In today’s generation we are seeing a growing number of people relying on their parents for financial support to get a foot on the property ladder. In fact, a survey carried out by Shelter discovered that between 2005 and 2012 – 2 in 10 first-time buyers were supported by a gift or loan from their family or friends.
In principle this is a great idea that will enable you to obtain your first property. It may also form part of your parents’ inheritance tax planning as they take money out of their estate that otherwise would have been taxable on death. However, it’s worth considering the implications of accepting a gift or loan in the event that you separate or divorce further down the line.
How perceptions of the gift or loan can change during separation and divorce
As a fundamental rule, you always should seek legal advice before agreeing to accept a gift or loan to purchase a property. At PMC Family Law Solicitors we are happy to discuss the legal implications of this with you as, all too often, we see perspectives on the money offered change when a relationship turns sour.
To give you an example, married couples going through a divorce, who find themselves in a wrangle over assets, may find that a parent who offered assistance earlier in the relationship suddenly argues that they too have a stake in the matrimonial home. They may also say that the money they provided previously was not in fact a gift but a loan they want repaying.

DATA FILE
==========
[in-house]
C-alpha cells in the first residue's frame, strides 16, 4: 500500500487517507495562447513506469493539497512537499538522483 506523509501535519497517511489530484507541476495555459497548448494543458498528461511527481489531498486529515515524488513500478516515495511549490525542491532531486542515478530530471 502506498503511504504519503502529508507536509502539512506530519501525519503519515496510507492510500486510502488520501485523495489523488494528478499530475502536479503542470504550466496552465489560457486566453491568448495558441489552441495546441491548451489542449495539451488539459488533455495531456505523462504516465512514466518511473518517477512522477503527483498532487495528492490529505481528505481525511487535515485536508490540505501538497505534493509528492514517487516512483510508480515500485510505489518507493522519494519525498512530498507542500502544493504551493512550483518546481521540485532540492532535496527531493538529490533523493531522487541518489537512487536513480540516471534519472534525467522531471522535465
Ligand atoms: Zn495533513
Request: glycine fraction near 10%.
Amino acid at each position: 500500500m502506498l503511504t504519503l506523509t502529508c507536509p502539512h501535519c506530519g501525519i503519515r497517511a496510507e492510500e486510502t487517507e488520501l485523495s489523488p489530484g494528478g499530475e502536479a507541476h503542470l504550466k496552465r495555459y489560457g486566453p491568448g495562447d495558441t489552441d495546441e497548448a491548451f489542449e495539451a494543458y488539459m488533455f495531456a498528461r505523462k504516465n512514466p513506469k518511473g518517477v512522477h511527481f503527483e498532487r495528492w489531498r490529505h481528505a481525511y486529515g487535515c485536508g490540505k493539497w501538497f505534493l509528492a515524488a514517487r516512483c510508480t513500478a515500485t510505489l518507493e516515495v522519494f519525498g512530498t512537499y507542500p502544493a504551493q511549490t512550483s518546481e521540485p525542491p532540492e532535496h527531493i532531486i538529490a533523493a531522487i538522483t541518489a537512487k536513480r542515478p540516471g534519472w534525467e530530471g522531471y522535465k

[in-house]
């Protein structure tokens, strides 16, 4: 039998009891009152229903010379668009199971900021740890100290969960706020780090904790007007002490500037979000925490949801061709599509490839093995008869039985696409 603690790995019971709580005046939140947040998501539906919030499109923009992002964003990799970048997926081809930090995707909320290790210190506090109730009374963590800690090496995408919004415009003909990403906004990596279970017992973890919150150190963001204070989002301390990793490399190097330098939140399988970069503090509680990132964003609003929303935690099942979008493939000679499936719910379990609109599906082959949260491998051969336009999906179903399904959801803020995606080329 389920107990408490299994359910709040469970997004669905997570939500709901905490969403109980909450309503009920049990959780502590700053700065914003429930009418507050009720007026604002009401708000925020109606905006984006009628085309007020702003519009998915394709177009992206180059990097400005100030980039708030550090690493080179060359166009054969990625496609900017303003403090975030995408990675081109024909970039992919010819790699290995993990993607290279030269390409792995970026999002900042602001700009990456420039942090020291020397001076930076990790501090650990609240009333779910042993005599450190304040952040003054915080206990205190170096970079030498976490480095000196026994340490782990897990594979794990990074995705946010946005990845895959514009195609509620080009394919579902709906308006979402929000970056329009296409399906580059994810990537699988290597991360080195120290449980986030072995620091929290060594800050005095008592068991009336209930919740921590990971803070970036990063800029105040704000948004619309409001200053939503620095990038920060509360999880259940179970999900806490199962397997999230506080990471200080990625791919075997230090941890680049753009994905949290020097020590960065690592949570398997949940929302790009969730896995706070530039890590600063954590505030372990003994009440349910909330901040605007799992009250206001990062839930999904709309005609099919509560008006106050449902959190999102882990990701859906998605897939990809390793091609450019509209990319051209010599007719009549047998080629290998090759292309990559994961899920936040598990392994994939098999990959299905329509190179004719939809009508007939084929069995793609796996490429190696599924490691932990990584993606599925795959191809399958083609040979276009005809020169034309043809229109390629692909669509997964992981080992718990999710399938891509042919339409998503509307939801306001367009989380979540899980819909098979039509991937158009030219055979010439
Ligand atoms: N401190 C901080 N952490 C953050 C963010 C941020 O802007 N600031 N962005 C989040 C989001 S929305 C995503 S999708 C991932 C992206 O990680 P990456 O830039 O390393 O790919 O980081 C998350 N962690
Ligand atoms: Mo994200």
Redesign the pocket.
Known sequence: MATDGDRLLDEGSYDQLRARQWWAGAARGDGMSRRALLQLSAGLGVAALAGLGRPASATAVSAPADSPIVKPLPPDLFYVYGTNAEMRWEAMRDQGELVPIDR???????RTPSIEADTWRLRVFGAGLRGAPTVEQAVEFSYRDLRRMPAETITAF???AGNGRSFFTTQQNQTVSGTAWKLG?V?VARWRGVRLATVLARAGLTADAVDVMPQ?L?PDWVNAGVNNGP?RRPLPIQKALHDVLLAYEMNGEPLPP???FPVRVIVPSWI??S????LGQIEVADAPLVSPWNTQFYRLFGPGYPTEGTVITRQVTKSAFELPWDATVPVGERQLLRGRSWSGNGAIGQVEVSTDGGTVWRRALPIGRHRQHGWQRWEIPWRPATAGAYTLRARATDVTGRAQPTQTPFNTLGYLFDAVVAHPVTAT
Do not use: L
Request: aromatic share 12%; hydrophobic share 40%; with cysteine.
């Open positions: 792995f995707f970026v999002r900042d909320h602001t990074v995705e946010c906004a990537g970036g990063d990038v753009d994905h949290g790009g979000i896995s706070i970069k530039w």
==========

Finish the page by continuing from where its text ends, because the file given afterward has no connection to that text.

This doesn’t just apply if you’re married. It also affects couples living together as cohabitees. We’ve seen instances of where a parent has assisted a child in purchasing a home that is in their name only. This leaves the other cohabitee, who may have contributed to the home during their time living together, vulnerable if they later separate. It’s worth noting that this is an issue that can become further inflamed if they have children together.
What to do to protect your or your parents’ investment in the event of separation or divorce
If you wish to co-habit with your partner then you should consider making arrangements to draw up a Cohabitation Agreement. A further document to consider is obtaining a Declaration of Trust. This will outline your respective shares in the property you are purchasing with your partner. In the event your relationship breaks down, you can then refer back to your Declaration to ascertain what agreement you reached in relation to sharing the proceeds of the sale of your property. This brings an element of security and peace of mind for you.
If you are married or due to get married then ensure you understand the implications of the money provided to you by your parents or your partners parents. Are they merely gifting you the money or is it a loan? It is best to record these intentions which can be done by drafting a Pre-nuptial or Post-nuptial agreement. This will assist you should your marriage unfortunately result in divorce, as the matrimonial home or any property you buy with your spouse will form part of the matrimonial pot.
This approach may seem overly cautious to you and assume that all relationship break downs are acrimonious. Experience demonstrates that this is not always the case but taking preventative measures now may save you any hassle in the future. That being said, if you do not or have not taken preventative measures then rest assured that we can still help you.
PMC Family Law is always happy to discuss your options at a free initial consultation with our expert team of family law specialists who are on hand to assist should you wish to proceed. Contact us today on 0151 375 9968.